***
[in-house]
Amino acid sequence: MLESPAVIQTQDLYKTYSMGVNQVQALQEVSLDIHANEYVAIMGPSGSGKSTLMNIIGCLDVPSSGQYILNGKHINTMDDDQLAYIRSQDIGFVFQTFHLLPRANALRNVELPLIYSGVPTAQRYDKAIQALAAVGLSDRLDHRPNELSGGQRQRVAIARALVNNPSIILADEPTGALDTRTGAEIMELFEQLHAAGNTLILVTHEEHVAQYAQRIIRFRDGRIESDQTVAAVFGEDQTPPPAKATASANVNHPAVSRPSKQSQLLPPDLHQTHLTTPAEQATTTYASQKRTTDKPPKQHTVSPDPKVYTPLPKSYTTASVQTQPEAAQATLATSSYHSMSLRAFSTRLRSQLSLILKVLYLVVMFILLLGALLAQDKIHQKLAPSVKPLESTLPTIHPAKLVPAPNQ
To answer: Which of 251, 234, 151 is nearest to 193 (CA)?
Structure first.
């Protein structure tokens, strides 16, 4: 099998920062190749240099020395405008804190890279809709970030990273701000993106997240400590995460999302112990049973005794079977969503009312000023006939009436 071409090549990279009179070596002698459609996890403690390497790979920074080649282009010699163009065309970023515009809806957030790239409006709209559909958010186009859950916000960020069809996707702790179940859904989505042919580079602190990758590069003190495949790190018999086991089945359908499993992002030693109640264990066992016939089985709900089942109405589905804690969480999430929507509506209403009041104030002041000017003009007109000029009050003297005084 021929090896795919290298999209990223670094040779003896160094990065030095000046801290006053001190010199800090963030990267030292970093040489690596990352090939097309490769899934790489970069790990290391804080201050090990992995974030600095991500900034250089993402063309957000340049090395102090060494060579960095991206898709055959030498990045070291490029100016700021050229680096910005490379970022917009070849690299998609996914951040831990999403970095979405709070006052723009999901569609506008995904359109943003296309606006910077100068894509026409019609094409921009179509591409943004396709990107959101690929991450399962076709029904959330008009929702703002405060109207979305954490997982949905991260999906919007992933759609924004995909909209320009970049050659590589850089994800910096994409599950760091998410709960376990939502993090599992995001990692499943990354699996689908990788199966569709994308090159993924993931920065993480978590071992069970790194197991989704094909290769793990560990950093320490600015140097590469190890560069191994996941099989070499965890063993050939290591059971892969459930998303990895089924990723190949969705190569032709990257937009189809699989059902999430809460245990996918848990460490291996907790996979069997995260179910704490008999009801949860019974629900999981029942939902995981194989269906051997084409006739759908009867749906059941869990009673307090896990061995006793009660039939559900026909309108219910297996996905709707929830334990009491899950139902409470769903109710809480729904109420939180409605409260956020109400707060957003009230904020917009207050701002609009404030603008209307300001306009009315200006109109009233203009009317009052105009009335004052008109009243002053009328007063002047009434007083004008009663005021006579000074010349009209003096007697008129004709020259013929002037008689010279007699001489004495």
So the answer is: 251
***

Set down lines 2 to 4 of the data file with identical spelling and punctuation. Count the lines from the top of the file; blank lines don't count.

Amino acid sequence: MLESPAVIQTQDLYKTYSMGVNQVQALQEVSLDIHANEYVAIMGPSGSGKSTLMNIIGCLDVPSSGQYILNGKHINTMDDDQLAYIRSQDIGFVFQTFHLLPRANALRNVELPLIYSGVPTAQRYDKAIQALAAVGLSDRLDHRPNELSGGQRQRVAIARALVNNPSIILADEPTGALDTRTGAEIMELFEQLHAAGNTLILVTHEEHVAQYAQRIIRFRDGRIESDQTVAAVFGEDQTPPPAKATASANVNHPAVSRPSKQSQLLPPDLHQTHLTTPAEQATTTYASQKRTTDKPPKQHTVSPDPKVYTPLPKSYTTASVQTQPEAAQATLATSSYHSMSLRAFSTRLRSQLSLILKVLYLVVMFILLLGALLAQDKIHQKLAPSVKPLESTLPTIHPAKLVPAPNQ
To answer: Which of 251, 234, 151 is nearest to 193 (CA)?
Structure first.